How to Transplant Boxwoods That Are Already Well-Established

Learn the correct way to move or transplant established boxwoods on your property while maintaining the health and appearance of the shrub.


Large, well-established boxwood shrubs can be transplanted if you can dig out enough of the rootball. With large plants, this can often be difficult for a homeowner to do without special equipment such as a tree spade, which leaves a large ball of soil intact around the roots. Most of the shrub's roots will be in the top 12 inches of soil, but the roots themselves may extend out several times the width of the shrub. It may help to make downward cuts a foot deep into the soil (about 18 inches from the main stem) one year before you want to transplant them.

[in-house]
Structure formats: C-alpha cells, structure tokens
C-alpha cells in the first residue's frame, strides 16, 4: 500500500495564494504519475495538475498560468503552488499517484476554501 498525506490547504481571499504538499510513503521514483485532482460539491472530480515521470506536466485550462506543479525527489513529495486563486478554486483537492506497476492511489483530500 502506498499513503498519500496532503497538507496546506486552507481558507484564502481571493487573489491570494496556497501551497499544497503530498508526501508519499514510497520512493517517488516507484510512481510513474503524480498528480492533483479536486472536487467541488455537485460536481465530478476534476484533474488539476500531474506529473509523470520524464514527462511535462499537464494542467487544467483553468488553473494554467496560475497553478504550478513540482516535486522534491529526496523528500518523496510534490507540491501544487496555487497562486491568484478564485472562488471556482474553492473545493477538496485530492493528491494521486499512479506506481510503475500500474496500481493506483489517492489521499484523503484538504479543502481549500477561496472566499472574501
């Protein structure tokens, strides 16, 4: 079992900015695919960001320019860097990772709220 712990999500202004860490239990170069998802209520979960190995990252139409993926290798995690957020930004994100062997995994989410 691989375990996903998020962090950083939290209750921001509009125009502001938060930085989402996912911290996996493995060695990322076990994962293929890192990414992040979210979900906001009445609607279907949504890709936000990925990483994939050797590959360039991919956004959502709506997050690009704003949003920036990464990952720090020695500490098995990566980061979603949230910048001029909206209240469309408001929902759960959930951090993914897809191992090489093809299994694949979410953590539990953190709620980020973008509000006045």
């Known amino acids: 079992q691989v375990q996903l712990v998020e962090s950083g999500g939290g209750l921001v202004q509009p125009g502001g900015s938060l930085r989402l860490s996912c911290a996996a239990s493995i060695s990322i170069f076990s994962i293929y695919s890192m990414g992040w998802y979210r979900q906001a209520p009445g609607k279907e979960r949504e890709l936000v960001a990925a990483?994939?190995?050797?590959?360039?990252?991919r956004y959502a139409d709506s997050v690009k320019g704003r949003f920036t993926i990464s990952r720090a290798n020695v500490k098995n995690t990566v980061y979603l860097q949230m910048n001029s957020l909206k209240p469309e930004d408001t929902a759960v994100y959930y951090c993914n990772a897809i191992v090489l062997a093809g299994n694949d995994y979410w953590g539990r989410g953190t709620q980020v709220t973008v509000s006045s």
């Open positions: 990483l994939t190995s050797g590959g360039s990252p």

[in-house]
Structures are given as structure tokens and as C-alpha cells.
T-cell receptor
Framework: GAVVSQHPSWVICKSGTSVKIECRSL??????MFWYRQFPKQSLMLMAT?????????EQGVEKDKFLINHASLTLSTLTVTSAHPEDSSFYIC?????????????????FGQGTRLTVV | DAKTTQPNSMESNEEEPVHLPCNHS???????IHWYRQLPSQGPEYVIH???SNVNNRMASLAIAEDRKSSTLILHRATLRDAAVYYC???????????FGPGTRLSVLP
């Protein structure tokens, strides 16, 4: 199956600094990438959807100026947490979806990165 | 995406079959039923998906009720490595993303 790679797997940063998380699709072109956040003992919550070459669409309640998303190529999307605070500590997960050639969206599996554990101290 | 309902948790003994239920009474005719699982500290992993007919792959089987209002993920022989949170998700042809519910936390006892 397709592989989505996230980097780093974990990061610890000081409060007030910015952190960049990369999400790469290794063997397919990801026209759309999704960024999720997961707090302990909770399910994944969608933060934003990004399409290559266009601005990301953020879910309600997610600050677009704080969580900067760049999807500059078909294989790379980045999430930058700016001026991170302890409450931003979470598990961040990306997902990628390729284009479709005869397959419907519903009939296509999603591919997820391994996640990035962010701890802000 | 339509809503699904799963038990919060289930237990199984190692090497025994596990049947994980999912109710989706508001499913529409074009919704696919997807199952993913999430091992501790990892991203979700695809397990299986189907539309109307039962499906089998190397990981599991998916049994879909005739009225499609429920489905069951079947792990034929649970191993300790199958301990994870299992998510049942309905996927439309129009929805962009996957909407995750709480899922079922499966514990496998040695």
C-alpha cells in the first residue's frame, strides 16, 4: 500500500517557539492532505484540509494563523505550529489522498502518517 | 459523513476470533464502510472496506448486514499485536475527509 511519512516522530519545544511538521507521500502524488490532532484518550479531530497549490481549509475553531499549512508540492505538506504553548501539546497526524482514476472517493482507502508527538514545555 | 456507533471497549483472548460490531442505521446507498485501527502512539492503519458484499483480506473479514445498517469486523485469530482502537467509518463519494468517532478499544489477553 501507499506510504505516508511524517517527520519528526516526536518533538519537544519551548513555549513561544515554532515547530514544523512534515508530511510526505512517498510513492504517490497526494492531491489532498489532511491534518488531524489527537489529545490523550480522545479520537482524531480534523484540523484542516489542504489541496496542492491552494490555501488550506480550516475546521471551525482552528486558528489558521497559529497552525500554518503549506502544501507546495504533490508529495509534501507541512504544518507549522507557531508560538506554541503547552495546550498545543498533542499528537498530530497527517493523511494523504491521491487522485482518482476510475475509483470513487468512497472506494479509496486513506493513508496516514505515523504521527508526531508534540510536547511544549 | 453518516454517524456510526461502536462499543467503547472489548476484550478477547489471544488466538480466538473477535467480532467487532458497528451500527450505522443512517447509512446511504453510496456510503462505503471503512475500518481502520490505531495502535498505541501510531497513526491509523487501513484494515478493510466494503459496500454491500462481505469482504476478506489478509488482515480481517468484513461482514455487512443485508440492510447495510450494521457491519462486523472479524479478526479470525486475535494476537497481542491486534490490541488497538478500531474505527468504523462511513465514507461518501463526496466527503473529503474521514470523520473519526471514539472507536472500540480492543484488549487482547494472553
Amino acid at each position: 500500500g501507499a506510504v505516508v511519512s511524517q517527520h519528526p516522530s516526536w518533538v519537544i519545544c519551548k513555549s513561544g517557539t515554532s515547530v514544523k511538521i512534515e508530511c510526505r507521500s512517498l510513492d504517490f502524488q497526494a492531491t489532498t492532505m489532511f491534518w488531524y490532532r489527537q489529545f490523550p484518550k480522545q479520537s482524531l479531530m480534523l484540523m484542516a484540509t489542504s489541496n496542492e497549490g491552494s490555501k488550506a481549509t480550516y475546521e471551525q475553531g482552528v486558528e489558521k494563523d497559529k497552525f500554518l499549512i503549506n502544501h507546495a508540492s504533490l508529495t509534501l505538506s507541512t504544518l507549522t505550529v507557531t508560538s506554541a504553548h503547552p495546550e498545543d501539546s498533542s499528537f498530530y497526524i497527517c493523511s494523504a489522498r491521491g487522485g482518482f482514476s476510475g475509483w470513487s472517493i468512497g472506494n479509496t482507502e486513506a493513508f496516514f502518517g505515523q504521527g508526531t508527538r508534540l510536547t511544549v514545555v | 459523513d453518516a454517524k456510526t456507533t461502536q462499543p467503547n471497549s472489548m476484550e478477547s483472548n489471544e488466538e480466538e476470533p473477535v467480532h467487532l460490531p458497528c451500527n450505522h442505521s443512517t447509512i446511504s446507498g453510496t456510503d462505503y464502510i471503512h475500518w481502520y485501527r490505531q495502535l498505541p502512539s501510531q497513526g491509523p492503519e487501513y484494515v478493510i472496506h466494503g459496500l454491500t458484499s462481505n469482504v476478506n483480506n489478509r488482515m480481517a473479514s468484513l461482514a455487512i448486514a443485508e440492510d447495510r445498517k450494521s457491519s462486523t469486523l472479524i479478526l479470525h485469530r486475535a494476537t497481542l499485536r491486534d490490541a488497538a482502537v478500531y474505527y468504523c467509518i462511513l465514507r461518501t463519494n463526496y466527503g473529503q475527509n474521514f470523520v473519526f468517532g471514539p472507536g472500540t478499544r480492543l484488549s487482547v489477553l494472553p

Cutting through the roots like that forces the shrub to branch and develop a more extensive root system close to the main trunk. Come the following year, you can dig up the shrub and transplant it, attempting to keep as much of the soil in place as possible. The best time to transplant boxwood shrubs is either late winter just before spring growth begins or a couple of months before the ground freezes in early fall.

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